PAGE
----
More than two-thirds (68%) of UK shift workers feel the hours they work or the pattern of their roster is affecting their physical or mental health.
A poll of 5,000 shift workers by jobs’ site Breakroom and software provider Surfboard found that, rather than being able to fit work around their lifestyles, shift workers too often had little choice over their hours. Half said they had no input into their shifts and were unable to schedule them around their needs.
A similar percentage (56%) felt their shifts were poorly planned and 48% said they often got less than 12-hour breaks between shifts (the legal minimum is 11 hours). Nearly a third 30% had one week’s notice or less of their shift.
Among other findings, the poll concluded that 58% of breaks were non-scheduled, 61% did not get paid breaks, and 30% did unpaid overtime.
Shift work has long been associated with heightened health risks, including greater risk of some cancers, heart disease and diabetes, although whether this is because of the shift-working itself or associated factors (such as less access to healthier food choices or poorer sleep patterns) is less clear.
Anna Maybank, chief executive of Breakroom, said: “Too often, what is ‘flexible’ for an employer isn’t flexible for a worker. Employers claim shift work is flexible, but with 50% of workers reporting they don’t get any say over their shifts, that’s clearly not the case.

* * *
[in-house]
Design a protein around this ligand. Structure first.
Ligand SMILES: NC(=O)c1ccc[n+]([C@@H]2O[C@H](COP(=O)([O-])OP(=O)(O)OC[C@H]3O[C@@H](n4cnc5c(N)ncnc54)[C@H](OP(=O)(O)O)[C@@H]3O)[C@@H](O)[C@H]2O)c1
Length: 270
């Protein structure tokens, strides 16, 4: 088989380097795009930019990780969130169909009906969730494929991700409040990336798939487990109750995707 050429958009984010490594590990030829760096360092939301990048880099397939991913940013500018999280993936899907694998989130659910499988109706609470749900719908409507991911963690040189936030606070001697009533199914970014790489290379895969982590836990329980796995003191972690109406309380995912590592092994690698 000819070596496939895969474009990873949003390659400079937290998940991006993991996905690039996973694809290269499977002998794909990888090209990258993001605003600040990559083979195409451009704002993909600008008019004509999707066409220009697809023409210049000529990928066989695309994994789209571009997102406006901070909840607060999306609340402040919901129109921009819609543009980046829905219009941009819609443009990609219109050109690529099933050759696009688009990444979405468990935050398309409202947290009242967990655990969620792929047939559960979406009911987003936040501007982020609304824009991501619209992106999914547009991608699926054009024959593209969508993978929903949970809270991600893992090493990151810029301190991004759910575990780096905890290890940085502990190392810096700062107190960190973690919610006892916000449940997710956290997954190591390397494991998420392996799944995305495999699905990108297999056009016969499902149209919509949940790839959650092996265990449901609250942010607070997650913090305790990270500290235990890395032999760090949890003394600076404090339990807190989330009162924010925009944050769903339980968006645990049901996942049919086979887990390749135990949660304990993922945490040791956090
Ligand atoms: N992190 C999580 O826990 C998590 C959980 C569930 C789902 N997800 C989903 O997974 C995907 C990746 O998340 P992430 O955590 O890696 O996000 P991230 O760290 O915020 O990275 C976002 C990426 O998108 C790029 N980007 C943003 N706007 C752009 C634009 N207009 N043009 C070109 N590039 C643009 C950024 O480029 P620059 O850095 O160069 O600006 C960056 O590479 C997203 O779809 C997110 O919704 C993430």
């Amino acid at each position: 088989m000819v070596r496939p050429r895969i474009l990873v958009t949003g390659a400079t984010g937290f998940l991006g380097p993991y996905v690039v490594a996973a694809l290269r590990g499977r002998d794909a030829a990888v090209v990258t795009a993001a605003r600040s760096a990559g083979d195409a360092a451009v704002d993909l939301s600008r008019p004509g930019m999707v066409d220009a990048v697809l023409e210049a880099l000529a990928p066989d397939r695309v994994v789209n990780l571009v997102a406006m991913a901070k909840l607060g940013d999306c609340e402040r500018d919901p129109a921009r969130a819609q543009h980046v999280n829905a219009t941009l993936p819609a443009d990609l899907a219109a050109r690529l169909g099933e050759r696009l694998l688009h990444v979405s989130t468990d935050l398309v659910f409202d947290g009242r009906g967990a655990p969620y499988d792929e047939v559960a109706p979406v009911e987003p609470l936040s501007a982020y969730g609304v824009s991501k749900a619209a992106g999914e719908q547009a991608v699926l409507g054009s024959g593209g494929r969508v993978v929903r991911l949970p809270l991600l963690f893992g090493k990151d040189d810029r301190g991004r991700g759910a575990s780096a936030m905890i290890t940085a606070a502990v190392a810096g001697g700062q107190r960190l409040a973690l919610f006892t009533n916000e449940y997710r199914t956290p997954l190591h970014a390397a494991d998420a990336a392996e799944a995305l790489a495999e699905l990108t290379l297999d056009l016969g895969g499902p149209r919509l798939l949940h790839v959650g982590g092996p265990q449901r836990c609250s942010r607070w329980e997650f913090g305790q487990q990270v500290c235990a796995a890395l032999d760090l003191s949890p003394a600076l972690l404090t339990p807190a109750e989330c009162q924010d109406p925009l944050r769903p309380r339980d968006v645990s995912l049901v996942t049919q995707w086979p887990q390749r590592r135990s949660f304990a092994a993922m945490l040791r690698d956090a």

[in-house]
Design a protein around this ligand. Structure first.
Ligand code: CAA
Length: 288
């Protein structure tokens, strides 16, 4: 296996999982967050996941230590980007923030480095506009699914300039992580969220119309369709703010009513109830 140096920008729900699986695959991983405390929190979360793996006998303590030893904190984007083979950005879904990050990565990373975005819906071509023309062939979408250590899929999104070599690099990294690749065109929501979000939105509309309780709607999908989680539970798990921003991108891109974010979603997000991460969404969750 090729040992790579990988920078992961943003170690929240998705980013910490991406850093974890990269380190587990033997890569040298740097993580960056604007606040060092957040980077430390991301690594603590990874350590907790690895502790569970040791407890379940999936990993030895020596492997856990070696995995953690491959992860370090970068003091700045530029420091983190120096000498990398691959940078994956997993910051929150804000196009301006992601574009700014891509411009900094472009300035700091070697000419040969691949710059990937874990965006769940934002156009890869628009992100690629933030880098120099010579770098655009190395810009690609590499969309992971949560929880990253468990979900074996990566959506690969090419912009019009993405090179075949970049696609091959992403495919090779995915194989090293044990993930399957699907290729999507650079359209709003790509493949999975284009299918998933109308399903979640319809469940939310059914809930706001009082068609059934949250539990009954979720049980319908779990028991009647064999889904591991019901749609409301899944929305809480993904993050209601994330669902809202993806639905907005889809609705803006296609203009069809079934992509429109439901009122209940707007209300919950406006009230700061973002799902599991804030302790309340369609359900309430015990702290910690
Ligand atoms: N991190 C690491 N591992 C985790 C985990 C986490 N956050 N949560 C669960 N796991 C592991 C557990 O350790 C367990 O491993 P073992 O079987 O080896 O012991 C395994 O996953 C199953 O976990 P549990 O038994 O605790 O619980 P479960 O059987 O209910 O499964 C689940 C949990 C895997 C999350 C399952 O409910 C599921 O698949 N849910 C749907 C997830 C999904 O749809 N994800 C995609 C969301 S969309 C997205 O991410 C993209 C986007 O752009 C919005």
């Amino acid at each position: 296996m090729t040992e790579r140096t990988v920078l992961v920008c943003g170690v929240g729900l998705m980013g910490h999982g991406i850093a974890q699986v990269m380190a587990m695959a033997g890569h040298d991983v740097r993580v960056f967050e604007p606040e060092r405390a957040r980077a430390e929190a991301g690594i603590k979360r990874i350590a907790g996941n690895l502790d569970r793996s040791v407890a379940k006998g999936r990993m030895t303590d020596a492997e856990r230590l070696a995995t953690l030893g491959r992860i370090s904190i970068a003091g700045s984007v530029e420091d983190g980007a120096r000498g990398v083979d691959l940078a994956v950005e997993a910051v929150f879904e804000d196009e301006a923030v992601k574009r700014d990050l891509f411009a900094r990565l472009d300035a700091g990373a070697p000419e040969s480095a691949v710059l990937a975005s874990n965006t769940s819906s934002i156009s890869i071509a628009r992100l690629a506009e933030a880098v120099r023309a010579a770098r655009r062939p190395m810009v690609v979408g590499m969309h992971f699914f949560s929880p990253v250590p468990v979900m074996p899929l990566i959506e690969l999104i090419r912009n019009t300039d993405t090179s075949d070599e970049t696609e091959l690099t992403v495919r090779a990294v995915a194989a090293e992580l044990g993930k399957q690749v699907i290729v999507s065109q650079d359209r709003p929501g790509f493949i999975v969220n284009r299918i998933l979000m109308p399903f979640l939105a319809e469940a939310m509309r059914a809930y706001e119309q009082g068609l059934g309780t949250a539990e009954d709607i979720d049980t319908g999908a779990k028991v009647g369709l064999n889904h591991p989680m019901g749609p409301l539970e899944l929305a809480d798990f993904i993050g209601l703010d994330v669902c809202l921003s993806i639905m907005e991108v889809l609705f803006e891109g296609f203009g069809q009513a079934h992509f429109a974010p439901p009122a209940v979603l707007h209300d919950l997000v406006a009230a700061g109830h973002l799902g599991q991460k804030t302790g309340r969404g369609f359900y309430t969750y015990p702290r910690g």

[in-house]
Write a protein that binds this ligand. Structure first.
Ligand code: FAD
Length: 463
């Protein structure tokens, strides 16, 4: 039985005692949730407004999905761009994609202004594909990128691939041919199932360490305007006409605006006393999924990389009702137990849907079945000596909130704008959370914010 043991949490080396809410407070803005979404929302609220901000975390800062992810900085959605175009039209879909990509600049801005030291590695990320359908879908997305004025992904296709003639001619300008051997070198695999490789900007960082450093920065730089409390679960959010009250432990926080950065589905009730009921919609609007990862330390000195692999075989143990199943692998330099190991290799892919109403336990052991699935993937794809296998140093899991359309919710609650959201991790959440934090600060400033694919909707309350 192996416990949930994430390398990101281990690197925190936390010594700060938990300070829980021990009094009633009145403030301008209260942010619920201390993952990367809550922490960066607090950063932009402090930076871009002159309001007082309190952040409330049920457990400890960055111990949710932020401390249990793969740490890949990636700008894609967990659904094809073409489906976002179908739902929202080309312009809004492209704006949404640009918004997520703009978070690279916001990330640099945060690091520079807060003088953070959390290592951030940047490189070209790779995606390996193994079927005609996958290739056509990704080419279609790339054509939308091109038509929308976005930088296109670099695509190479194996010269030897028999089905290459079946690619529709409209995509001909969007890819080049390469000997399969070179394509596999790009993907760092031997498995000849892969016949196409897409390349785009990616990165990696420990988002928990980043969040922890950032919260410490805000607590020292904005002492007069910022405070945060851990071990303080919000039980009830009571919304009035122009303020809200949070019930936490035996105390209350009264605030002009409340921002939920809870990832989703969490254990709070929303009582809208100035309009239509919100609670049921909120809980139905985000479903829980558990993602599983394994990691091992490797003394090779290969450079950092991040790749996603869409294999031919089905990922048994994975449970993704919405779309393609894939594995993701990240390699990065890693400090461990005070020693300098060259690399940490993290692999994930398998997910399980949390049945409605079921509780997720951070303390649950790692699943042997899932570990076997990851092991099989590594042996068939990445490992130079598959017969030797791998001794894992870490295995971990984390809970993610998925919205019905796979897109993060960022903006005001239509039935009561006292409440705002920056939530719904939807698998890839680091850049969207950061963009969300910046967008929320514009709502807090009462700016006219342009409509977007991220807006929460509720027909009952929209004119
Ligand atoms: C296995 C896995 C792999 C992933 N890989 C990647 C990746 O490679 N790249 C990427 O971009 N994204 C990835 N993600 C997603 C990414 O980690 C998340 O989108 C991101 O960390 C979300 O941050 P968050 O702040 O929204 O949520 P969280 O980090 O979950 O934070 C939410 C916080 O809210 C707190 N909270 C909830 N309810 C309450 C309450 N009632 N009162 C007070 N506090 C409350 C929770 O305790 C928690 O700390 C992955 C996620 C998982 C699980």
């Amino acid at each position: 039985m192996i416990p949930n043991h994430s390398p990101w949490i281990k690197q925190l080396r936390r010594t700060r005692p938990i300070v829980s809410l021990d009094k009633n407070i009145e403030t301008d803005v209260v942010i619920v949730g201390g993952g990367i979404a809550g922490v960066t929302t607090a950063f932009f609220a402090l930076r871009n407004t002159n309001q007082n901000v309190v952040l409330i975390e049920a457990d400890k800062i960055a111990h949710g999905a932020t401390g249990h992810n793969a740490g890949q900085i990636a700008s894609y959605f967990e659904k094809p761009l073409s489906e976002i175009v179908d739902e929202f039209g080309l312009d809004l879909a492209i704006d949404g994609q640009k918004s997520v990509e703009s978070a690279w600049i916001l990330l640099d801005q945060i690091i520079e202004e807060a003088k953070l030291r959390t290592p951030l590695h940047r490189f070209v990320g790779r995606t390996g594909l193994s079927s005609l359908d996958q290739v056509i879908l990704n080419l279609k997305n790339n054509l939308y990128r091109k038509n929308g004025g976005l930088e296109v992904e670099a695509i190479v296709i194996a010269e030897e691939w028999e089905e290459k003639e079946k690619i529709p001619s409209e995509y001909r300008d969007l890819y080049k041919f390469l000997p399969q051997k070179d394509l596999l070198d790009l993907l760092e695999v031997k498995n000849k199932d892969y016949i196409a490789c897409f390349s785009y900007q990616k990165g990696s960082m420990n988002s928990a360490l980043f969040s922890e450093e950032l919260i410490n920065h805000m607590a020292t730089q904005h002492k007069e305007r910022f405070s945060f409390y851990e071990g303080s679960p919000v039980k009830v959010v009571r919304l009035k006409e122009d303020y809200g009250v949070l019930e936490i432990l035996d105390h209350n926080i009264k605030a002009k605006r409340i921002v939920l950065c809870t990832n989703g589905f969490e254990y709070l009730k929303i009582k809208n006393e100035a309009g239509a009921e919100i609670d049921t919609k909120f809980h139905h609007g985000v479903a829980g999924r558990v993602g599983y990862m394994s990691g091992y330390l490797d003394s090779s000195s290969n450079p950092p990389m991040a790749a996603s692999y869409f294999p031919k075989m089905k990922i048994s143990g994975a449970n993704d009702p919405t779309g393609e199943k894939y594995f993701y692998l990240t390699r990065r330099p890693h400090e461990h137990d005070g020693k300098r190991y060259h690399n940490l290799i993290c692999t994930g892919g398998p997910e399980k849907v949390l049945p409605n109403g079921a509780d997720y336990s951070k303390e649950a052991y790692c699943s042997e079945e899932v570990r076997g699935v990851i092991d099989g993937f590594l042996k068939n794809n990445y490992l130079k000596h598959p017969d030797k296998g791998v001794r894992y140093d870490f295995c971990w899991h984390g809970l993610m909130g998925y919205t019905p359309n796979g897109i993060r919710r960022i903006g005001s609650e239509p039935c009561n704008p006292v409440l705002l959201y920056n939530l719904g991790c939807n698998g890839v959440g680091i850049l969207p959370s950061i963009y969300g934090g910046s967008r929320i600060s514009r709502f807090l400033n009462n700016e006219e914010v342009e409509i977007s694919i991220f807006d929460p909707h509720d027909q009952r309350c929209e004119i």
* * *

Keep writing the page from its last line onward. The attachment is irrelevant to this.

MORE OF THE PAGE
Shift work and health
“Our research shows that there is a gap between what an employer thinks is a ‘good’ job and what is actually a good job,” she added.
Natasha Ratanshi-Stein, chief executive of Surfboard, agreed: “Shift workers are often left in the dark about their schedules, leading to stress and burnout. This research shows that 78% of shifts are planned locally at the branch or team level and it is frequently being done last minute.
“Poorly organised shifts are a huge hidden cost to businesses both from employee morale and retention but also down to proper planning and making sure you have the right number of staff in at the right time,” she added.